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...that 26 psi the person in post #16 above came up with grossly underinflated his 30" tires.
so...what's the correct answer for 30x9.5 tires? (on, say...a 98 tj 2.5/5speed )
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Old 11-15-2013, 08:16 AM   #21
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so...what's the correct answer for 30x9.5 tires? (on, say...a 98 tj 2.5/5speed )
I ran 26 psi in my 30's and they wore down evenly and use the same psi in my 31's.
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Old 11-15-2013, 09:23 AM   #22
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so...what's the correct answer for 30x9.5 tires? (on, say...a 98 tj 2.5/5speed )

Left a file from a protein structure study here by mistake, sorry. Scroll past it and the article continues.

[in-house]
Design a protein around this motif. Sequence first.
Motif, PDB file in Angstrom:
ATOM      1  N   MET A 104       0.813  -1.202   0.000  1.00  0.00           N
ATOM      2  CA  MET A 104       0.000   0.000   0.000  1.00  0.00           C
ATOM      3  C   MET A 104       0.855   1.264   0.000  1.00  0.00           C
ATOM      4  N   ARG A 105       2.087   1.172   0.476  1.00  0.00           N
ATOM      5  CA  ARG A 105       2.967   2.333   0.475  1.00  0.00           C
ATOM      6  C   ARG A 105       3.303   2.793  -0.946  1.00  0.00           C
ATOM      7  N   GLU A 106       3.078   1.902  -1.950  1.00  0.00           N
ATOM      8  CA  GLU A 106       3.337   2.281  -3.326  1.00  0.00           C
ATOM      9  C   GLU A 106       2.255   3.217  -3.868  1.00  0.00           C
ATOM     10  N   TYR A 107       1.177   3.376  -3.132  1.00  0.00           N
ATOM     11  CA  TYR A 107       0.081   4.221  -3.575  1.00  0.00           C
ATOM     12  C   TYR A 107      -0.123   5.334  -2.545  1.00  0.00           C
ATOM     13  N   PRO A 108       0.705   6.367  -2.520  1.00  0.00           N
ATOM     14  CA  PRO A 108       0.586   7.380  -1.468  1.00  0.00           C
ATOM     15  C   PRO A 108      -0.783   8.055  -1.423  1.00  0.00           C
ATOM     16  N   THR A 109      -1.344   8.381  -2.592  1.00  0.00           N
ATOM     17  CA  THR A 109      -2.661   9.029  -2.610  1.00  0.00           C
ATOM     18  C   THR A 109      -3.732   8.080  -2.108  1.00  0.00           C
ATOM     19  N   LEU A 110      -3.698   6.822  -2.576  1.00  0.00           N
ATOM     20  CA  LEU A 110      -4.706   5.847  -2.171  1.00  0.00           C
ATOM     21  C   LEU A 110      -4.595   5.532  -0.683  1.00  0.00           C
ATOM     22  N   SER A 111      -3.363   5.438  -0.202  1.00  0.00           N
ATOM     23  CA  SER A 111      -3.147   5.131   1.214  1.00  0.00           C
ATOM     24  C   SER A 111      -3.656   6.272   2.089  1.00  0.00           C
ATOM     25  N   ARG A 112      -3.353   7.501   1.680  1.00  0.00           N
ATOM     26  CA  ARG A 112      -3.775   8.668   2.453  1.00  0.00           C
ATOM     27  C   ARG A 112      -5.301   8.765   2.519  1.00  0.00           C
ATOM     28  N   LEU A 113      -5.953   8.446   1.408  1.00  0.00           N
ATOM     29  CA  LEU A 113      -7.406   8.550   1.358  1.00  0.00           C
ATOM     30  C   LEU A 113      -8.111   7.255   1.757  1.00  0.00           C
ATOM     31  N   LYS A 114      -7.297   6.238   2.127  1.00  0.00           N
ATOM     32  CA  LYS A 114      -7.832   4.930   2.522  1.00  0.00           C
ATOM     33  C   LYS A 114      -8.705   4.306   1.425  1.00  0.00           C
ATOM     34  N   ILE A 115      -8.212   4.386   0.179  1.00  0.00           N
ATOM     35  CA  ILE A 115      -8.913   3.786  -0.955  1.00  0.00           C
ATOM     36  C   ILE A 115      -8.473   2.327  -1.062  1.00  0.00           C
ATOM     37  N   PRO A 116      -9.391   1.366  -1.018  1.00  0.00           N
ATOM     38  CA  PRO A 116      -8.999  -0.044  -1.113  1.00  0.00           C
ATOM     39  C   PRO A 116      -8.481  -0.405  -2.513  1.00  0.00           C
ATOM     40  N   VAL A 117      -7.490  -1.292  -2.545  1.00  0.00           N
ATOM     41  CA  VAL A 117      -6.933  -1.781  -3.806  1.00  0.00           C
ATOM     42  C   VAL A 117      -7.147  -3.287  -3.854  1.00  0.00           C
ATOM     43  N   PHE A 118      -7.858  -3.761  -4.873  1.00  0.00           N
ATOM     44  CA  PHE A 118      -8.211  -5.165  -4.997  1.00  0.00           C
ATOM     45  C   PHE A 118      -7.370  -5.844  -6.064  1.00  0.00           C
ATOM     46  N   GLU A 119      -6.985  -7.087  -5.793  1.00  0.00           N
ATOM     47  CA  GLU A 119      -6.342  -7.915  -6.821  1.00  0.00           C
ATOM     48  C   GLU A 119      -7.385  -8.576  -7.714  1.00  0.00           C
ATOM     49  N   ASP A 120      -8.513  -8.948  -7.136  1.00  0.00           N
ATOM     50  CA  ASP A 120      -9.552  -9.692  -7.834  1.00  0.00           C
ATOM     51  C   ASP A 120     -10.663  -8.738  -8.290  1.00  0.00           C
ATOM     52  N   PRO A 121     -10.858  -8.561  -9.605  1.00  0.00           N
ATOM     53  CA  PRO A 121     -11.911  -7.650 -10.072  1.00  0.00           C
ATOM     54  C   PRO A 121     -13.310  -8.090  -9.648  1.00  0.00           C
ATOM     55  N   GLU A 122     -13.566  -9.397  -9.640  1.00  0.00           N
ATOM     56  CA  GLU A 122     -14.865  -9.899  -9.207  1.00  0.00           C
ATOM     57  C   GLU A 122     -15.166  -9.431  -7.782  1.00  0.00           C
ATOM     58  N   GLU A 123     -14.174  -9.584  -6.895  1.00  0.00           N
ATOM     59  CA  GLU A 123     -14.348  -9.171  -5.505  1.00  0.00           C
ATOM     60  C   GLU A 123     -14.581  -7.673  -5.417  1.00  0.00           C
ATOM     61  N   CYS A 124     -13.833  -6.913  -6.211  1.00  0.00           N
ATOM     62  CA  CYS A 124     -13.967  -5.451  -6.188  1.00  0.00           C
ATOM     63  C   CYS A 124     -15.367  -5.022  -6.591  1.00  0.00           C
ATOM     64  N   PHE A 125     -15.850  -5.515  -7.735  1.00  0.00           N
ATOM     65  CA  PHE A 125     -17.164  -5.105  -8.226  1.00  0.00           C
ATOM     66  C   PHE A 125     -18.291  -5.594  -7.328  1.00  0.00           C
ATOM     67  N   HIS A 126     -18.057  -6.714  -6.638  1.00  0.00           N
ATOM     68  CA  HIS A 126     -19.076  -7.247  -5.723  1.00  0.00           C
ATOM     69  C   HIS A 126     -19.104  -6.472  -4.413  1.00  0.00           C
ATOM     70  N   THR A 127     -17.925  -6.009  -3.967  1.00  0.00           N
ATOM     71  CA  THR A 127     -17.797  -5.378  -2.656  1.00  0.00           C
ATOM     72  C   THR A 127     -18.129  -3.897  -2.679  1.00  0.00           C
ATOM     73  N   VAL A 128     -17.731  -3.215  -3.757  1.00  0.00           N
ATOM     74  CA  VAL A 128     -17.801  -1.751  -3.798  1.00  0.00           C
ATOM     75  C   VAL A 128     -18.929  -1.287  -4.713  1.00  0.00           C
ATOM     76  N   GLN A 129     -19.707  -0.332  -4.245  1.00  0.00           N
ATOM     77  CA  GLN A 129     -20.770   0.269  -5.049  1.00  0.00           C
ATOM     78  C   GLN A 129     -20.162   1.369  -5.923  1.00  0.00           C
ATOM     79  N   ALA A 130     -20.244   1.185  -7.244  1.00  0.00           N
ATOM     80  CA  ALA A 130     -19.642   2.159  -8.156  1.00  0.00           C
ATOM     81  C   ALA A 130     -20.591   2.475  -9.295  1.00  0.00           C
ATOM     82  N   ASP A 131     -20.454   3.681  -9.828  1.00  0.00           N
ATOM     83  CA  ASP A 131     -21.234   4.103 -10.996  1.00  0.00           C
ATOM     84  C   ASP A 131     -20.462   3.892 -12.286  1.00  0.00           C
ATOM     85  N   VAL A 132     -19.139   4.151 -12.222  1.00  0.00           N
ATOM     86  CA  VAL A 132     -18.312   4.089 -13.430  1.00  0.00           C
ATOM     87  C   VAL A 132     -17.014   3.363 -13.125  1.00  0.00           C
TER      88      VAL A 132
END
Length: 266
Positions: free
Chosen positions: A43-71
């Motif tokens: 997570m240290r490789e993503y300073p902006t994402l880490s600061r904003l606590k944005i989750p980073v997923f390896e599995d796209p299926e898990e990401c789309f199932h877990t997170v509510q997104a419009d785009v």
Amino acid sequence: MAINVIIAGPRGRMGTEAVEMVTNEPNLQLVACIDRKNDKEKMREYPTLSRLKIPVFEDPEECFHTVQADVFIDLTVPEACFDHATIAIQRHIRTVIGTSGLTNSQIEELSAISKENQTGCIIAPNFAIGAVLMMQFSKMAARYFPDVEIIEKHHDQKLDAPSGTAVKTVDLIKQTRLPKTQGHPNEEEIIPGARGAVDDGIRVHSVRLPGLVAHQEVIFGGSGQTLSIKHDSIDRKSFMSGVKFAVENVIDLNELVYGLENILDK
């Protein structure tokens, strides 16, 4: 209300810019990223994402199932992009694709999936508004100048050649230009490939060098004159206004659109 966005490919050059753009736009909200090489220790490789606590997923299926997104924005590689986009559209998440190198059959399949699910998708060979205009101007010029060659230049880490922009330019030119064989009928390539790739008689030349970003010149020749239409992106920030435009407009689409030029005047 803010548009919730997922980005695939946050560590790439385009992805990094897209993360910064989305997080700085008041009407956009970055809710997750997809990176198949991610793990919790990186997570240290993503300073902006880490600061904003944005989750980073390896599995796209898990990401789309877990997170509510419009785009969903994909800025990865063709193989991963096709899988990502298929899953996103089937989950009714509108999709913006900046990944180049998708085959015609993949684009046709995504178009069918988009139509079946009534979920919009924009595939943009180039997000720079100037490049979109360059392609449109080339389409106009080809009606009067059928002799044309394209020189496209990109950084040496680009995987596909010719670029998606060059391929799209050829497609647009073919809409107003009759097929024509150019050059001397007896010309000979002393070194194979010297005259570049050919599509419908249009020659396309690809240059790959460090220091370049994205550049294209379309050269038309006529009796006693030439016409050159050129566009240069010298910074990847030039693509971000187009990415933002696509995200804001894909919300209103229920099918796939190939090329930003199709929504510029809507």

That's a factory size tire where the factory has recommended at the correct tire pressure both in your owner's manual and on the door jamb sticker. 31-32 psi is usually a good pressure for that small of a tire when carrying a vehicle with the weight of a Wrangler, I'd just look in the owner's manual or doorjamb sticker to verify it. The 26 psi mentioned above is more appropriate for a significantly larger tire like you'd use for a lightly loaded 33x12.50 or more heavily loaded 35x12.50.
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Old 11-16-2013, 08:18 AM   #23
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That's a factory size tire where the factory has recommended at the correct tire pressure both in your owner's manual and on the door jamb sticker. 31-32 psi is usually a good pressure for that small of a tire when carrying a vehicle with the weight of a Wrangler, I'd just look in the owner's manual or doorjamb sticker to verify it. The 26 psi mentioned above is more appropriate for a significantly larger tire like you'd use for a lightly loaded 33x12.50 or more heavily loaded 35x12.50.